ARMAS High-Altitude Mission Reaches New Heights
TUCSON, ARIZONA – Space Environment Technologies successfully completed a high-altitude research mission of its ARMAS dosimeter instrument on a 9-hour flight at 115,000 feet along an Arizona–Texas flight path on World View’s Z-class flight on Thursday, March 29, 2018. The mission launched from Spaceport Tucson at approximately 9:39 a.m. PT.
The flight marked the first time the Automated Radiation Measurements for Aerospace Safety (ARMAS) reached the middle Stratosphere and was exposed to the primary radiation environment. The mission also demonstrated the instrument’s ability to perform long duration remote automated radiation monitoring at altitudes above standard commercial aviation flight routes.
“This World View stratospheric balloon flight of ARMAS truly opens the door to achieving a next step – how we reduce radiation exposure for commercial passengers’ stratospheric as well as space flight within the next five years,” said Dr. W. Kent Tobiska, Principal Investigator for ARMAS.
The Automated Radiation Measurements for Aerospace Safety (ARMAS) system, was developed by a team led by Principal Investigator Dr. W. Kent Tobiska of Space Environment Technologies. The ARMAS system uses an innovative approach with airborne dosimeter sensors and ground-based servers to both enhance space science research and improve aviation safety. While in flight, data from a dosimeter is retrieved in real-time, either via Iridium satellite on research aircraft/balloons or Wi-Fi on commercial aircraft. The data is then downlinked to the ground and used by NASA’s Nowcast of Atmospheric Ionizing Radiation for Aviation Safety (NAIRAS) model of the global radiation environment. When ARMAS data is ingested into NAIRAS, an improved accuracy of radiation dose rates along with airborne flight tracks is accomplished. The goal of ARMAS is to enable air traffic management to monitor global radiation “weather,” thus allowing commercial air traffic to avoid higher radiation areas. One ultimate objective of this research is to reduce crew and passenger radiation exposure by flying in lower radiation regions or spending less time in higher radiation locations. The source of the radiation, whether from galactic cosmic rays, solar flares, or the Van Allen radiation belts, is an example of how the dynamically changing space weather environment can affect the population as we become more technologically advanced.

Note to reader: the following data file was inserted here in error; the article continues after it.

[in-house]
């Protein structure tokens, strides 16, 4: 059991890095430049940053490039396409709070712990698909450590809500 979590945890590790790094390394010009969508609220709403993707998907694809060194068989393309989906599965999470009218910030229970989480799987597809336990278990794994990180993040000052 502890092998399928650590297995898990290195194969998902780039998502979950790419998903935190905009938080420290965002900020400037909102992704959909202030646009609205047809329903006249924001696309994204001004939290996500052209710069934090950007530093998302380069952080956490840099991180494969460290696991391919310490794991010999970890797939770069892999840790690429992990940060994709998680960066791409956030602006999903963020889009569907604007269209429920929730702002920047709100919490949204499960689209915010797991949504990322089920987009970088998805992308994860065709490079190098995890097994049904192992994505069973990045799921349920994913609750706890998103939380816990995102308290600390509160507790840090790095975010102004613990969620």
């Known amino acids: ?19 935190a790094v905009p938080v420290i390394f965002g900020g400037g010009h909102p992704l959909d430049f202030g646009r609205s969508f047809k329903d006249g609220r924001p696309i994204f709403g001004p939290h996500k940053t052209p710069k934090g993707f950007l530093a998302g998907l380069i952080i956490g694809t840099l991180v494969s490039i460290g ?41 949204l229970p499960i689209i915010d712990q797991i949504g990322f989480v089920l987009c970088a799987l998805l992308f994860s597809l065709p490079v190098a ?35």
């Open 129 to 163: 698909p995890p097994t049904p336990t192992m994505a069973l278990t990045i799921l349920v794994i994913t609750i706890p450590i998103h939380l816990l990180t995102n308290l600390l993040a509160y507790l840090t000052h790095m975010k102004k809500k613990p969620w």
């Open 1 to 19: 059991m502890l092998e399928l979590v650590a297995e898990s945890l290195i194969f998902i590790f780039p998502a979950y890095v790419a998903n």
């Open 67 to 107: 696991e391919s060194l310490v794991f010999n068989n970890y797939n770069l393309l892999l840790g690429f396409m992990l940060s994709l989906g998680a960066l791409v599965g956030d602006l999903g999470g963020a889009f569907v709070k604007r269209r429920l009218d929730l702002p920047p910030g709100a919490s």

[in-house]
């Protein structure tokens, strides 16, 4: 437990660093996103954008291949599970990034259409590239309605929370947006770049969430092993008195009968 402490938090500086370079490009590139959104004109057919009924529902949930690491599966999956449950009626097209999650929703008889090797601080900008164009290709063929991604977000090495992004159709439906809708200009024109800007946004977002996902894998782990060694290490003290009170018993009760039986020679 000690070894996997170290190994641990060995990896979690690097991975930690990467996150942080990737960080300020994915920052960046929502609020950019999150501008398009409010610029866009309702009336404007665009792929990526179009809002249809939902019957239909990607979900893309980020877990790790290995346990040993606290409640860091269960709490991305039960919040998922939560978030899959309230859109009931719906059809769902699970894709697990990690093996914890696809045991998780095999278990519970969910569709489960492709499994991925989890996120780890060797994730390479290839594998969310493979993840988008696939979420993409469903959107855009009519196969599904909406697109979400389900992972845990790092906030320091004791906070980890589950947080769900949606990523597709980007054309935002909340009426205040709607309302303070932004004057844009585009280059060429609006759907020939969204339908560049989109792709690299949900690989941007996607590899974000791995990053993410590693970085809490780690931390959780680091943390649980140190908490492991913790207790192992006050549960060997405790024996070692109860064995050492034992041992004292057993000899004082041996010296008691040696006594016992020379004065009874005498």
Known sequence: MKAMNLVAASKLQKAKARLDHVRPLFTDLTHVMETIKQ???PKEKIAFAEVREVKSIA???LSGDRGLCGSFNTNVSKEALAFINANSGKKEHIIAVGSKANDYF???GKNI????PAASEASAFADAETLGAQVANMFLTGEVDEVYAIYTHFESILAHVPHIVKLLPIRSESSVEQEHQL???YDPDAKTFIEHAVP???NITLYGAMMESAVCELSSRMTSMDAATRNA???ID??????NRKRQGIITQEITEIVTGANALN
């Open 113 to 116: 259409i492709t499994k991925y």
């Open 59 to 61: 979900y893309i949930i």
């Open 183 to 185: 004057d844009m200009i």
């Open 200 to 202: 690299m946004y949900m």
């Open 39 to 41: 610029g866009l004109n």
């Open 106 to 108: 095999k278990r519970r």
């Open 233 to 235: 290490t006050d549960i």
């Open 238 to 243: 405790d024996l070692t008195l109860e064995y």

Maximum flight altitude
ARMAS-High launch on World View balloon